They're come by planes, trains, and automobiles...and even electric bikes to attend the 30th Anniversary Downer New Zealand Masters Games, starting in Whanganui tomorrow.
With the opening ceremony at Majestic Square early Friday evening, the sports action will precede the welcoming as the three-day cycling module begins with the 20km Road Time Trial, starting at the Somme Parade Cemetery at 2pm.
The Road Trial will be followed by the Hill Climb from Okoia Hall and the Track racing at the Velodrome on Saturday, while the 44-66km Road Race will be on Brunswick Rd this Sunday.
There will be over 50 sports in various divisions contested over the next 10 days, the highlights of this coming weekend including touch, basketball, six-a-side football, athletics and triathlon.
In a change from the last games at Whanganui, the duathlon will be held after the triathlon, in a super sprint format on Wednesday.
The triathlon welcomes competitions in 12 age grades and three team grades – same gender or mixed, and consists of a 750m river swim, 24km road cycle, and 5km road run.
It will start from the traditional base at the Whanganui Multisport and Triathlon Club Rooms on Anzac Parade at 11am on Saturday.
Cooks Gardens will be a hive of activity for three days with the athletics module.
Starting from 9am on Saturday, first day events will be discus, long jump, shotput, 400m, 1 mile, 100m, and the 3km walk.
Happy to be among them will be retired accountant and self-titled "serial adventurer" Graham McCready, who took an extraordinary journey to get to Whanganui by taking a train from Hamilton and then making a two-day journey from Ohakune on his electric pedal bike.
McCready is better known in New Zealand for taking out successful private prosecutions against politicians Trevor Mallard in 2007 and John Banks in 2014, the latter of which was later set aside on appeal and eventually quashed.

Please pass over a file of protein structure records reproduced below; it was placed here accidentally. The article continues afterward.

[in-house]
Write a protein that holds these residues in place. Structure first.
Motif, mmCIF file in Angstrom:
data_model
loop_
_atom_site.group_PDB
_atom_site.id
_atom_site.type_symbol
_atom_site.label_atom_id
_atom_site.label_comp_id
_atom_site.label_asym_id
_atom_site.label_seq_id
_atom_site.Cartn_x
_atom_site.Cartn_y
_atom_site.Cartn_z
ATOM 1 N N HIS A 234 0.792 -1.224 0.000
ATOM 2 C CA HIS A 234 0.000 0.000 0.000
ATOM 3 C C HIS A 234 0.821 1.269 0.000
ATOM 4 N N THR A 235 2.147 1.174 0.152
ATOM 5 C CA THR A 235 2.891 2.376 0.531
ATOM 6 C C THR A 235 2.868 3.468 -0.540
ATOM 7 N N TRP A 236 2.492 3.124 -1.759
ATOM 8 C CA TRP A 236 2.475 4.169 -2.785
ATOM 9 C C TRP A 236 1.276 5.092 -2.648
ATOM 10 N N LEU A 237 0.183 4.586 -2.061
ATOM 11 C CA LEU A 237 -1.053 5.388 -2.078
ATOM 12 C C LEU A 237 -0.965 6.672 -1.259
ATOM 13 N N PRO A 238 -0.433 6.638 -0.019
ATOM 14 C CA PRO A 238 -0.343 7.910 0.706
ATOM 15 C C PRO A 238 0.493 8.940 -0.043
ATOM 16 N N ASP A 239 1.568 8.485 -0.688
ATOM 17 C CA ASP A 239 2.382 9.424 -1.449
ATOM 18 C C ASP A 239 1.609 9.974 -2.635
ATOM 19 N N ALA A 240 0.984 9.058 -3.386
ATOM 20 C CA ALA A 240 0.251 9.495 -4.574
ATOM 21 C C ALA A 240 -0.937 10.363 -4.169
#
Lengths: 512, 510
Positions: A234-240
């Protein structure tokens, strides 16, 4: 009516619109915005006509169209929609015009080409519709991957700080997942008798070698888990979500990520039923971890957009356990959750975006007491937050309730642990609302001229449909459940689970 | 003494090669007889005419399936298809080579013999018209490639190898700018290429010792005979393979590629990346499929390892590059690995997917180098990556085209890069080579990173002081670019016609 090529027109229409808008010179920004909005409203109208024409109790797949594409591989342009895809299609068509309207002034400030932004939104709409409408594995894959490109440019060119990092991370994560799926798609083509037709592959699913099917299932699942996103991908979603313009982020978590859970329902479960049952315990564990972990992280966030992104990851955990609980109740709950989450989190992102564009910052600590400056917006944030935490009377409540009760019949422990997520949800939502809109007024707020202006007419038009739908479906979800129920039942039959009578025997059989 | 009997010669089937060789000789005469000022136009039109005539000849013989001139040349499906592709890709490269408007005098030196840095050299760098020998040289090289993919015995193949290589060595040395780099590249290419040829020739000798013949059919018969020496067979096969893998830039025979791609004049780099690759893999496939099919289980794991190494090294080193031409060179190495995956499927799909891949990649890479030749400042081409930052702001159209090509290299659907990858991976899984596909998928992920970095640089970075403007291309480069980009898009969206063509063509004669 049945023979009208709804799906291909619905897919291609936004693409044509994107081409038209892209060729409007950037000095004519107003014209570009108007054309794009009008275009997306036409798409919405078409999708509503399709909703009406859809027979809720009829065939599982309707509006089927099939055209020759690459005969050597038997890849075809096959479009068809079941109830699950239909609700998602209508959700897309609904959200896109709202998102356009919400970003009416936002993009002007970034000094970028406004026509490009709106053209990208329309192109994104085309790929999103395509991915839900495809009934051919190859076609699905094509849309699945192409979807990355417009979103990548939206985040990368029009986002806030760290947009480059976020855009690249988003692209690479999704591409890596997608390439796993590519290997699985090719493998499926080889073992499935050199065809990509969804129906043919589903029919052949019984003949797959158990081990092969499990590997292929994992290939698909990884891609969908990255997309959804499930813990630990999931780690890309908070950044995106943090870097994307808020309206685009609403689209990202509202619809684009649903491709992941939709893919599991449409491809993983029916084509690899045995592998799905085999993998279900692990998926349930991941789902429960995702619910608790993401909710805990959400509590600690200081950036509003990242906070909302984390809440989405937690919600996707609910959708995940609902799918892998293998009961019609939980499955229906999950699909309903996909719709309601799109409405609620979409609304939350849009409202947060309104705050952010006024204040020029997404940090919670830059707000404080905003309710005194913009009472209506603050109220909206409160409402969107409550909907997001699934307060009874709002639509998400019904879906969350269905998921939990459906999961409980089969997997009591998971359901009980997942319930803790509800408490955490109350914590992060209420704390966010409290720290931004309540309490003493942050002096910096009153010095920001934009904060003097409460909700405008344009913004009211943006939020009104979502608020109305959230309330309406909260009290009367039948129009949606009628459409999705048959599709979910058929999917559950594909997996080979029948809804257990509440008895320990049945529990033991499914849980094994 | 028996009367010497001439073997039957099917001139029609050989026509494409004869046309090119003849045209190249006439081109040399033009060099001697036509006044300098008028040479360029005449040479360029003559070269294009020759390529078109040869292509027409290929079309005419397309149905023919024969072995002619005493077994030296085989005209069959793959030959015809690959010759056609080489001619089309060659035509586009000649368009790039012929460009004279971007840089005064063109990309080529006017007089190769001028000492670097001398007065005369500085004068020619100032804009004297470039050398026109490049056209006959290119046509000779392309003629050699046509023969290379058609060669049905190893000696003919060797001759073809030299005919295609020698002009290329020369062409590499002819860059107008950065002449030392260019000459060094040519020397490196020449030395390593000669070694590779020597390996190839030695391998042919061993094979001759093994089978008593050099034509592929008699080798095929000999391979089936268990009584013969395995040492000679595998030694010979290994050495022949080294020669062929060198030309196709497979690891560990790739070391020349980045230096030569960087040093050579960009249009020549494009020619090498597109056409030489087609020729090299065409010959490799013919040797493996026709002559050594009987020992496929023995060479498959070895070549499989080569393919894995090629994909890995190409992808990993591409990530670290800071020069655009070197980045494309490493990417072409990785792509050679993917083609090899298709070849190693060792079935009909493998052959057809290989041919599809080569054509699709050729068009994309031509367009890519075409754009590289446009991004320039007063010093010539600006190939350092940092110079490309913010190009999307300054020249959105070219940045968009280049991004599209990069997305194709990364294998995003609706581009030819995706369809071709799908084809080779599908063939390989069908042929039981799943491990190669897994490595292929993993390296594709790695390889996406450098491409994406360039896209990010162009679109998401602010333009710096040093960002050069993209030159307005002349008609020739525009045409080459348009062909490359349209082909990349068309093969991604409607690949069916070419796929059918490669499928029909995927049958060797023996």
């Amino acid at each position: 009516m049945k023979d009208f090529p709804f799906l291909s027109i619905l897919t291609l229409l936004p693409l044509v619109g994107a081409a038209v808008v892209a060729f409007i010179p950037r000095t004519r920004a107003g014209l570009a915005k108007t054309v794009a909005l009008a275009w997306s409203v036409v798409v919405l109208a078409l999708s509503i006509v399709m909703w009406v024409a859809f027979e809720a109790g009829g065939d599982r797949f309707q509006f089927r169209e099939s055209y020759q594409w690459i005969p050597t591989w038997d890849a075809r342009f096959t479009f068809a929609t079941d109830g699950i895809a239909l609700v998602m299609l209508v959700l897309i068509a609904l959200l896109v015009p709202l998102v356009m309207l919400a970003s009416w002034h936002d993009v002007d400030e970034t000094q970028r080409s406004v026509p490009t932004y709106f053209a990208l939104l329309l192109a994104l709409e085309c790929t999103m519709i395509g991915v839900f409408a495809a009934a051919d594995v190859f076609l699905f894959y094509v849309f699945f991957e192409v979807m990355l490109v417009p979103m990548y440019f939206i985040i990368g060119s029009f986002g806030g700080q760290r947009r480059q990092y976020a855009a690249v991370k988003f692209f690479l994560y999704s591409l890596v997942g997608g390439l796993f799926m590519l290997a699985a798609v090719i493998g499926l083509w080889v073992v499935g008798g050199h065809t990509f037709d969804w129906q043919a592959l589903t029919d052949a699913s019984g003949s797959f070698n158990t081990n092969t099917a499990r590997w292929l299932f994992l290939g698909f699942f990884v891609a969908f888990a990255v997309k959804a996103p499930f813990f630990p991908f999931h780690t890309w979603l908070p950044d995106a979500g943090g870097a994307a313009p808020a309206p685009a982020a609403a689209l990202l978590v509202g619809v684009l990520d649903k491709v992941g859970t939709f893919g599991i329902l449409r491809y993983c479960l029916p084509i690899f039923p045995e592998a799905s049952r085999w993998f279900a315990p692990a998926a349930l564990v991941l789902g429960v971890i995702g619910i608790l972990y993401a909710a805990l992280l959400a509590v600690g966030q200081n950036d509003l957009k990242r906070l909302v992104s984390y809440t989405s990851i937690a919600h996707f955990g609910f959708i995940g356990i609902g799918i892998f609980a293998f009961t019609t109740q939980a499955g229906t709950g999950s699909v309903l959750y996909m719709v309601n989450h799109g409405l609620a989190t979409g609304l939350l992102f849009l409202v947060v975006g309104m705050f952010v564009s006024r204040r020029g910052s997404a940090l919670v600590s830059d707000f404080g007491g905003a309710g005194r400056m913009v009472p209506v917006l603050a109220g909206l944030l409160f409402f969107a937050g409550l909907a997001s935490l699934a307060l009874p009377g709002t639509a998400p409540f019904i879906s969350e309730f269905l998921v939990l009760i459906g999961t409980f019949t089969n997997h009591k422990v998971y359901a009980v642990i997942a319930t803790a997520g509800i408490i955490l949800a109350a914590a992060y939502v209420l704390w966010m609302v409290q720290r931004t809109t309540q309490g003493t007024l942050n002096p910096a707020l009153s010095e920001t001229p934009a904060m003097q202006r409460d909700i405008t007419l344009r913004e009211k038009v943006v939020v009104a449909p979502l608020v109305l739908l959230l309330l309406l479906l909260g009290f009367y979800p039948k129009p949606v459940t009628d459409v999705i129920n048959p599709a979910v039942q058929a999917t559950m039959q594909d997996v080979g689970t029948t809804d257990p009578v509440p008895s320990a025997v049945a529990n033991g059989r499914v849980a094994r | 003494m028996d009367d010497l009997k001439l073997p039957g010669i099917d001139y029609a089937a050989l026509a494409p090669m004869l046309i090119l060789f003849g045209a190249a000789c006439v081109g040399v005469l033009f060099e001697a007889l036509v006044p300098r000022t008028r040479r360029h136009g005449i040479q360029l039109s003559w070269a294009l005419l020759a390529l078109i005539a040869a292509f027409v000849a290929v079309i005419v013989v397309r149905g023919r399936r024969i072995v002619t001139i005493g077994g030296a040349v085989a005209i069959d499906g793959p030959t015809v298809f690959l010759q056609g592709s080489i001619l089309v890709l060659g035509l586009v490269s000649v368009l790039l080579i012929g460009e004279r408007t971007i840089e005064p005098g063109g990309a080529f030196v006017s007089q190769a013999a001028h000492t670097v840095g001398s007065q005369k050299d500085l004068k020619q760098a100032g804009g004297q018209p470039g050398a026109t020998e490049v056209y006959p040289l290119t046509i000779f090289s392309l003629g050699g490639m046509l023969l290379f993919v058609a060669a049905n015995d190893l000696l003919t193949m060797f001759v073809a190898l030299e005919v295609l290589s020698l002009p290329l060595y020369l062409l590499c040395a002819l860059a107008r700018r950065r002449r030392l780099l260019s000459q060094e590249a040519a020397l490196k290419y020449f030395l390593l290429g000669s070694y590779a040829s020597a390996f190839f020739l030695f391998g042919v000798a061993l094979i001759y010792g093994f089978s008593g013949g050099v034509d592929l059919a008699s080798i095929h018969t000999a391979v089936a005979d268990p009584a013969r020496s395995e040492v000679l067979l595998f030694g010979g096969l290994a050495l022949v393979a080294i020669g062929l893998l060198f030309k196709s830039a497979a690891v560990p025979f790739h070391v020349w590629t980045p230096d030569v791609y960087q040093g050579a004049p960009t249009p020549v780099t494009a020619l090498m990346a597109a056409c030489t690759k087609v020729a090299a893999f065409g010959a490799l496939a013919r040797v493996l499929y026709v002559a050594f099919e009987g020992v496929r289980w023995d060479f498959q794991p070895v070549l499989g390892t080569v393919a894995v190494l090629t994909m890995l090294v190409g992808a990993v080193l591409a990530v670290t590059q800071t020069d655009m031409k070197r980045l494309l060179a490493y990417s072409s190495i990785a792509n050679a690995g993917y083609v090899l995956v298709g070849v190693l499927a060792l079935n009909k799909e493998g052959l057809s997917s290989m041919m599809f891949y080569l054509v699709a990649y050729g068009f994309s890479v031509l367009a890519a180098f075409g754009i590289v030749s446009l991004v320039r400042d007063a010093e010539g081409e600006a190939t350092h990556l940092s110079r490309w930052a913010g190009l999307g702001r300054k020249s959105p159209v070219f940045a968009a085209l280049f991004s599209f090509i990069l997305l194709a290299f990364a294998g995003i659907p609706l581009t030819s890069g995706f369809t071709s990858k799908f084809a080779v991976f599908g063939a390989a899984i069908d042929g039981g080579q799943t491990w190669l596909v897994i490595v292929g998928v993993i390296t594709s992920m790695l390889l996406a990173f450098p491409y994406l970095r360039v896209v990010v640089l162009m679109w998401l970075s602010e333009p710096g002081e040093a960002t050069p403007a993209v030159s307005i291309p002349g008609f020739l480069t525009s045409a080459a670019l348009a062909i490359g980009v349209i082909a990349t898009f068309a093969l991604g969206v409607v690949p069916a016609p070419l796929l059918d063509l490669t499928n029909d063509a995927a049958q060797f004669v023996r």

But these days McCready, who has 35 per cent disability in his hips and knee, pursues sports and exercise with the most passion.
He biked from Okakune to Raetihi, then down to lodge at Kakatahi for another night, before coming into Whanganui yesterday when the 'Gentle Annie' proved a bit tough for the e-bike but a friendly motorist gave him a lift with his ute.
McCready will compete in the 70-74 age group for shotput, discus, javelin and hammer throw.
When finished, he will bike to Bulls and make a crossing of the Tararua Range, before heading to Palmerston North to catch the train home, and then in June is undertaking a world trip to eventually reach the European Masters Games, being held in Turin, Italy that July.
"You just keep on going, that's the message I carry to people," McCready said of how Masters Games motivates him.
He had entered the 2017 World Masters Games in Auckland with no real background in training, and the man who won the world title in shotput was kind enough to coach him on the day.
"You're here, one of us and this is how you can improve. You're welcomed."
McCready laughed that another Australian competitor had then started giving him a lecture on the rules.
"I asked him if that meant you can throw it underarm and he said 'no'. Message received."